Carleton did this conversion and ran his Newby inside a stock cover. I doubt he has a photo, but a call to him might boost your confidence. I think I have mentioned this here, but it would probably be unsearchable. My memory was that he told me he had to cut the shroud. He did not mention it being too near the bolt hole, but he was running an Albion box. The difference may just be that your box is mounted a bit higher, so the clutch is closer to the top of the primary inner.

Frankly, it looks fine to me. I would mill that off. The belt should be tight to the drum up there and not flapping around.

MidOhio99.jpg

You can't see too much here, but you can spot the belt in the empty cap hole. We shared a garage in the pits at the 1999 Mid Ohio race. That is the 1-7/16" carb he was running at the time.

David
 

Oldhaven

Well Known and Active Website User
VOC Member
#98
I am not sure I can reach him by phone, but I'll email him about it. That's an interesting picture. Looks like a Norton points housing with an experimental coil setup. It must have been easier to prepare a machine then.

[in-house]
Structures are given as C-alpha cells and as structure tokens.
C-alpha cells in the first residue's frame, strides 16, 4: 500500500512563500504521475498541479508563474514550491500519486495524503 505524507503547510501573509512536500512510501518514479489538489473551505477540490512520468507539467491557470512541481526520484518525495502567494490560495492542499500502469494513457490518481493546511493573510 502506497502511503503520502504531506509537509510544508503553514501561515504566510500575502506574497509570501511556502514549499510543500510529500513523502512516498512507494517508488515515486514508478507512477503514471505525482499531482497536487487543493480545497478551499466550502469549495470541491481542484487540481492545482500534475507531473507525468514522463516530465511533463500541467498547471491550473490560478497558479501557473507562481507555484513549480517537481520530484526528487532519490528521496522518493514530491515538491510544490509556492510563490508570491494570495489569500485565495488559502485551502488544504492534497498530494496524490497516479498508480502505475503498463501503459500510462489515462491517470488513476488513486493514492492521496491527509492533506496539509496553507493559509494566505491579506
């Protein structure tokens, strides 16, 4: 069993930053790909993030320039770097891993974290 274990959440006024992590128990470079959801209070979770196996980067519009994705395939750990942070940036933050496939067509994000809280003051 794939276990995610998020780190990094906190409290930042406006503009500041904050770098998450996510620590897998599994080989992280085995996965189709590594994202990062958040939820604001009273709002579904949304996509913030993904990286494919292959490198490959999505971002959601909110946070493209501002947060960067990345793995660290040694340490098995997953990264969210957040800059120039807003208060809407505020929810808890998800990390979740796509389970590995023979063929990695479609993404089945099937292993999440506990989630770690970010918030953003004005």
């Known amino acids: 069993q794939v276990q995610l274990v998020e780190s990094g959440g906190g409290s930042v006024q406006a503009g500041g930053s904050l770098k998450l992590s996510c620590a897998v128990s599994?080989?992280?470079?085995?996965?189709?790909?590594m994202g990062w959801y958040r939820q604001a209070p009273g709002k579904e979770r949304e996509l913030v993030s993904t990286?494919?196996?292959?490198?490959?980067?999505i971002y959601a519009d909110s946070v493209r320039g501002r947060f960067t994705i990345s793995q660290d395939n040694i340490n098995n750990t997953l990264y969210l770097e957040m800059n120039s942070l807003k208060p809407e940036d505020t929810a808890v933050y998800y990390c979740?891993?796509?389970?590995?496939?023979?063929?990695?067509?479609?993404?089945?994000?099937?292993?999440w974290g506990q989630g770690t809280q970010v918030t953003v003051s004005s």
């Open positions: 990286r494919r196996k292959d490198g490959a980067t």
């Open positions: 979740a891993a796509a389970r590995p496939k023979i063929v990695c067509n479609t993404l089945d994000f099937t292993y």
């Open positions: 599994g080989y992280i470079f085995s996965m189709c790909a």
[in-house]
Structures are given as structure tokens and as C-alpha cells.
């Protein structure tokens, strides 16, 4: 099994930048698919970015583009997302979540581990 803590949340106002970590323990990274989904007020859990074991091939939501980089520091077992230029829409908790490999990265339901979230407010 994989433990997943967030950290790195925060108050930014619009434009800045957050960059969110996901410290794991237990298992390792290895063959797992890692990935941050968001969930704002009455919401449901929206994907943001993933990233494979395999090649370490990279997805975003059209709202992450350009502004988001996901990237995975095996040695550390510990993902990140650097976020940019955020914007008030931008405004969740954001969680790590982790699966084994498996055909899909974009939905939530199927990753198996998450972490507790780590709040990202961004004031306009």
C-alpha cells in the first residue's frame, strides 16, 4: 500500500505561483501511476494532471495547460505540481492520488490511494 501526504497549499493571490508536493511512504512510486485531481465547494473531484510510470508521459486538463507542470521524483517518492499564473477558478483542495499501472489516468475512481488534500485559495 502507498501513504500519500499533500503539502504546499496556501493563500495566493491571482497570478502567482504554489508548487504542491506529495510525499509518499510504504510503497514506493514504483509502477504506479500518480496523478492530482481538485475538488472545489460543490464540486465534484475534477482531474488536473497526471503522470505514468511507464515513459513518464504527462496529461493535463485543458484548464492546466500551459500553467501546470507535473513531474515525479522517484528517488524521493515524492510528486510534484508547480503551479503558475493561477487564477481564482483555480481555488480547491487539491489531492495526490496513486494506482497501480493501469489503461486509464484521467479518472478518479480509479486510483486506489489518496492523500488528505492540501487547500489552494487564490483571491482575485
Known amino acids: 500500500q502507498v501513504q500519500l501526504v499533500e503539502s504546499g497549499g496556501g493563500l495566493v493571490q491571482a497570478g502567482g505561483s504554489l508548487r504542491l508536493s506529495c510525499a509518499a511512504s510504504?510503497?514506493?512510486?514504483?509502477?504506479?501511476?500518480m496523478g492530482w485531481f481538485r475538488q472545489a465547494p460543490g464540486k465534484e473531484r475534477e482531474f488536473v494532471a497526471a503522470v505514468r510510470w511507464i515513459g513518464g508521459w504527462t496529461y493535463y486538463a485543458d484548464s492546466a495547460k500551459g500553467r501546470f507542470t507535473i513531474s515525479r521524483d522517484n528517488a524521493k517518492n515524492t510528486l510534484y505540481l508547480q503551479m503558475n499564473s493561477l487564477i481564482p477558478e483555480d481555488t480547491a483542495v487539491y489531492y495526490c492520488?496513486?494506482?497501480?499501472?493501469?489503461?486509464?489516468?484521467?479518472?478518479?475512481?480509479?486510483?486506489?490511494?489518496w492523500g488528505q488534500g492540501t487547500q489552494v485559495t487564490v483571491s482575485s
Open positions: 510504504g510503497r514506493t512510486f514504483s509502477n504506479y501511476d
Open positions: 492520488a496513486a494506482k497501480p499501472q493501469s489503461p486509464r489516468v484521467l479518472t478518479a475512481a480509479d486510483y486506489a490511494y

We are a bit constrained for location when these gearbox conversions are done if we choose the center of the casting hole behind the regular lower gearbox mount hole. If I had known what I do now I would have filled the casting hole and made the lower mount a bit off center and lower so it was closer to the correct location that the Burman uses and centered in the hole in the inner case. I didn't know the Commando mainshaft to lower mount distance at the time. Well, I am pretty sure no one will be tearing up what I am making and putting a regular Comet together anytime soon.
 

davidd

Well Known and Active Website User
VOC Member
#99
We both ran Mistral units with Rita ignition. Carleton did some funky Dyna coil set up that seemed to work but drove the Dynojet computers crazy.

I would not have told you to pay attention to the mainshaft height because I normally use a flat plate and then mount my cover last, wherever it comes out. I am reasonably careful to start with the same holes as stock.
DSCN2457.jpg
When the box was mounted it ended up here:
DSCN2528.jpg
This is the correct distance from the engine mainshaft.
DSCN2546.jpg
The clutch goes on.
DSCN2605.jpg
I split the differences on the up and down, for and aft and drill the three mounting holes.

David
 

vibrac

Well Known and Active Website User
VOC Member
I have done it both ways on the flash I carved away the clutch shroud and part of the periferal casting (Albion box) but on my egli comet (Norton box) I used a plate and spaced out the primary cover with a 1" strip I will post a photo never done one with a burman box and belt drive
Choice was mainly driven by what I had in the way of parts